Student Reader

Nippur

Nippur (modern Nuffar) is a famed Sumerian site.

As early as the Early Dynastic era there were several temples at Nippur, and perhaps even earlier. Nippur was a center of worship for Enlil, Ninurta and Inanna.

It seems that Nippur attracted the cult of several deities, a fact that may have something to do with its geographical position in the centre of the alluvial plains, between Jezirah and the deep south. It is possible that in this quite densely populated area, Nippur functioned as a neutral place for diverse groups of people who not only spoke different languages but represented different modes of living (farmers, herders, gatherers). By bringing their gods here, they may have been able to secure a representation of their interests. This might explain both the proliferation of deities at Nippur and the longevity of its reputation for political neutrality and a place where adjudications could be made. Enlil [whose worship was based at Nippur] was the most famous and the most institutionalized arbiter of divine decision. Leick 2001, p 152

North Temple

Inanna Temple

The Temple of Inanna at Nippur was excavated by a joint expedition of the Oriental Institute of the University of Chicago and the American Schools of Oriental Research.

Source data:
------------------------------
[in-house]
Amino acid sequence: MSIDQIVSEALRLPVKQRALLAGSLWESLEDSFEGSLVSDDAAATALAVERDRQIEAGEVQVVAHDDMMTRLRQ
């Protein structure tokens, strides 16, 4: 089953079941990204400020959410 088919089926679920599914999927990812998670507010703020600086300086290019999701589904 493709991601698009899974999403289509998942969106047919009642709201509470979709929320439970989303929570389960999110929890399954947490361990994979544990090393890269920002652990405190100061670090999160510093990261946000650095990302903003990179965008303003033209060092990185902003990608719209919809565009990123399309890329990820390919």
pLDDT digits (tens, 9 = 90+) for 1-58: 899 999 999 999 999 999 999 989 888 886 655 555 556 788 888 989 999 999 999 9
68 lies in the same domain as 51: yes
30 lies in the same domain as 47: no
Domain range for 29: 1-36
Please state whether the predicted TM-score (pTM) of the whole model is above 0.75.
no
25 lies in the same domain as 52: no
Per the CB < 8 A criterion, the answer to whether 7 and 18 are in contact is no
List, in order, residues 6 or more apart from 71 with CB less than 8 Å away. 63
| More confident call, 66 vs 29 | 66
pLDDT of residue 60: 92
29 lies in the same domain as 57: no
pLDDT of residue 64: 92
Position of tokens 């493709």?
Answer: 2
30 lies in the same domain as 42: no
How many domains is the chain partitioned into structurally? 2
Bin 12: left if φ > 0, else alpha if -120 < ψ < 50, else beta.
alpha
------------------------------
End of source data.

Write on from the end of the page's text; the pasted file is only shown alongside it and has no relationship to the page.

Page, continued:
Inanna -- whose name means Queen of Heaven -- was the goddess of fertility embodied in the planet Venus, which appears in the morning and again in the evening. Her temple at Nippur was named E-duranki, which means the bond of heaven and earth. Excavations showed that this temple was in existence by the Early Dynastic I period and that sacred structures were rebuilt in the same sanctified location until the Parthian period nearly three thousand years later.

Most of the finds of level VIIA, dating from the Early Dynastic IIIb period (2500 – 2350 BC), came from four hoards, consisting of statues, fragments of shell inlay, and vessels. The deliberate burial of broken objects suggests that cult equipment remained sacred even when it was no longer functional.

Within the Ekur courtyard, which has an Ur III courtyard wall, within which is the earliest ED phase of the Inanna Temple, Level VIII. At the temple, like the Sin Temple and the Great Death Pit, were items of importance like the couples statue, individual statues and the steatite conical vase.

Studies

Leick 2001. p 57-60

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